As others have said solenoid 2 is releasing prematurely due to mechanical wear or other mechanical fault OR the timer chip is bad and after several operational attempts it heals itself and starts working properly. When it has not been used for a while its cold. In the cold state all internal contacts (layers) are not making contact. After a few usages it warms up and the layers start making contact until it cools again. If its the timer chip the only repair is to replace the chip. There may be other electronic components between the timer and solenoid that exhibit similar behavior.
 

glbeas

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If it is a capacitor problem its an electrolytic capacitor thats dried out. It might need a repair tech to ferret the problem
 

John Koehrer

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The AE1's had a relay on the bottom that became sticky would revive by cleaning the contact.
Used to use the edge of a dollar bill dampened in alcohol.
 
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David Lyga

David Lyga

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I am intrigued by the fact (pointed out by shutterfinger) that there are TWO separate 'chips' involved here: one for the meter (which works perfectly) and the other for the actual timing mechanism. (There probably is a third for the self-timer.)Yes, other than the timing, the shutter is 'mechanical', as the movement is such. I knew, in advance, that there was no easy fix here, but you have thankfully opened up possibilities for further exploration. I thank you all. And, maybe, I have to potentially admit, that, even though everything looks new, there might be weak connections somewhere. I paid very little for this, but at least I have Bulb and 1/50 mechanical. - David Lyga
 

grahamp

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Probably a capacitor issue. Behavior that changes with the time power is applied is a strong pointer. You might want to see if the speeds are sane when it is working. If the capacitor is failing it could affect the timing.
 
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David Lyga

David Lyga

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ALL speeds are fine when 'warmed up' (not temperature-wise, just after a few attempts). NOTE: Due to an onerous short-term temp job scoring student exams, I will not be available for a few days (or should I say 'daze'). Thank you all. - David Lyga
 

Chan Tran

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I second Brian's question. Even "electronic" shutters, at least in that era, are mostly mechanical with the timing controlled by electronics. The actual supply of energy to move the mechanics may be provided by solenoids of some sort that are battery dependent. (In some cameras -- Bronica SQ series for example, that slug of power is provided by stored energy from a spring tensioned by the film winding.)

Anyway, if lubricant is congealed or an accumulation of fuzz has built up in the mechanics, electronics won't overcome it. I've no idea what's in that specific camera, but I've seen exploded views of things like my Canon A-1 and they are full of flexible printed circuitry folded up and running every which way. It's pretty scary to even think about going inside the electronics of such a beast. But I know in the Canon Axx series there is a solenoid that is known to get sticky and misbehave, but I believe it is relatively accessible without diving in very far. If you're lucky, perhaps your new acquisition has something similar.
Even with today's DSLR the shutter is spring powered and only the timing is electronic. However since David didn't have problem with the mechanical speed I think the problem is in the electronic. I have the Nikon FE which has the reversed problem from David camera. The mechanical speed 1/90 always work. Electronically controlled either in A or manual would work for a number of shots rapidly and then stopped working. Switching to 1/90 to reset the camera the electronic shutter would work again.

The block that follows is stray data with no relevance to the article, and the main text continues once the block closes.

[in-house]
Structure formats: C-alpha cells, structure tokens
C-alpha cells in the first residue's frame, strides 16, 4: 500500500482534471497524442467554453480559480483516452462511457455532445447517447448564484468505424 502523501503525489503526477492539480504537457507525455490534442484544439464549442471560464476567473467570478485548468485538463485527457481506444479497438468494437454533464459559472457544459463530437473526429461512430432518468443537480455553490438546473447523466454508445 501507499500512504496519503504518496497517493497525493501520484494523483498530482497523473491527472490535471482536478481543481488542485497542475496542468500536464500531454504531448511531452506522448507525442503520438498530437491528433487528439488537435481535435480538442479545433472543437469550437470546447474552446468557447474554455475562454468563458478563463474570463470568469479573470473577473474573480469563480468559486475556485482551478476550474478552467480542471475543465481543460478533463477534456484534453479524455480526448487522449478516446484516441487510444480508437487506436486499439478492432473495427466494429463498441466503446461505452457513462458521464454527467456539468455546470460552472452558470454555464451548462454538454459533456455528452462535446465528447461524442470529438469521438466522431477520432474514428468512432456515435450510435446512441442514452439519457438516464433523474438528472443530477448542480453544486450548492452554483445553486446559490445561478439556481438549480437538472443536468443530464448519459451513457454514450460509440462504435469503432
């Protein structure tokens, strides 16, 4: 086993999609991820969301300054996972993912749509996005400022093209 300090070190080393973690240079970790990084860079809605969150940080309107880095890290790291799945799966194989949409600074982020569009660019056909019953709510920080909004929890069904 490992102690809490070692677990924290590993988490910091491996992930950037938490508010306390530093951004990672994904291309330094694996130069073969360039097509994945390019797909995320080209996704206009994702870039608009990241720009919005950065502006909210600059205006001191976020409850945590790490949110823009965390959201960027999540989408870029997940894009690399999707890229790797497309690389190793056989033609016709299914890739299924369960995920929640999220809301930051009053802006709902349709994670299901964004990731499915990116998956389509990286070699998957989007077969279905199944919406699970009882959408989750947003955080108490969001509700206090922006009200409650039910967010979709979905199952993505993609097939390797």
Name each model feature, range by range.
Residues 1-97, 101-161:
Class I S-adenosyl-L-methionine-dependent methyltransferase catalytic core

4season

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Just curious, but do you see any electrolytic capacitors in there? Here's a video showing a Minolta with one such part:

If so, I'd proceed no further until replacing that part.

IME, semiconductors (transistors, diodes, ICs etc) don't generally just "go bad" unless stressed. Not completely unheard of though: Sony had manufacturing difficulties in the early 2000s which caused some of their CCDs to fail over time. But this sort of thing isn't common.

And in the case of a camera that's clean and was properly stored, probably not going to find any issues with faulty connections, but sure, go ahead and do a visual inspection of the soldering, paying particular attention to hand-soldered areas such as where individual wires attach to the circuit boards. Except where battery leakage is involved, not common, but I have encountered a couple of instances where resoldering was needed.
 

shutterfinger

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I have encountered layer separation type failures in about 1% of all solid state device failures I encountered when servicing electronic equipment. I have had them heal themselves only to fail 100 hours or less of usage later.
David's problem could be a diode or transistor external of the timer chip also.
 
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David Lyga

David Lyga

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Again, thanks for your feedback. I knew that this one would not be a 'quick fix' and 'early' electronics from the 70s can be a bigger problem, I know. Maybe my question will help others and open different avenues of redress into this perplexing issue. My camera was certainly not the first to experience such distress. The electronic self-timer NOW no longer works. But, that is no big deal as I have a mechanical one that screws into the shutter button. What is bad is one never knows (unless on mechanical) if that shutter will allow a picture to be taken. Such a pretty camera and so clean. - David
 

Pentode

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By the late ‘70s most printed circuit boards were made of epoxy resin and were a lot less susceptible to moisture than earlier ones. Also by then, manufacturers were starting to migrate away from discrete components and toward integrated (proprietary) chips.

That first bit is good news as it makes a board failure unlikely. Still possible but unlikely. The second bit is not so good as it means a bad chip will not be a stock, easy to replace item.

I agree that chips seldom just “go bad” without a good reason. They’re environmentally sealed and pretty well protected. Capacitors, on the other hand, DO just go bad - both electrolytic and film caps can deteriorate just from sitting unused, which makes them the ideal first place to look for trouble and at that point caps were still discrete, easily replaced components.

If I were in your position I’d first replace any electrolytic caps that were visible on the board. Film caps are less likely to be a problem here. If replacing caps doesn’t change anything I suggest finding a donor camera - one with physical damage and working electronics and simply swap boards.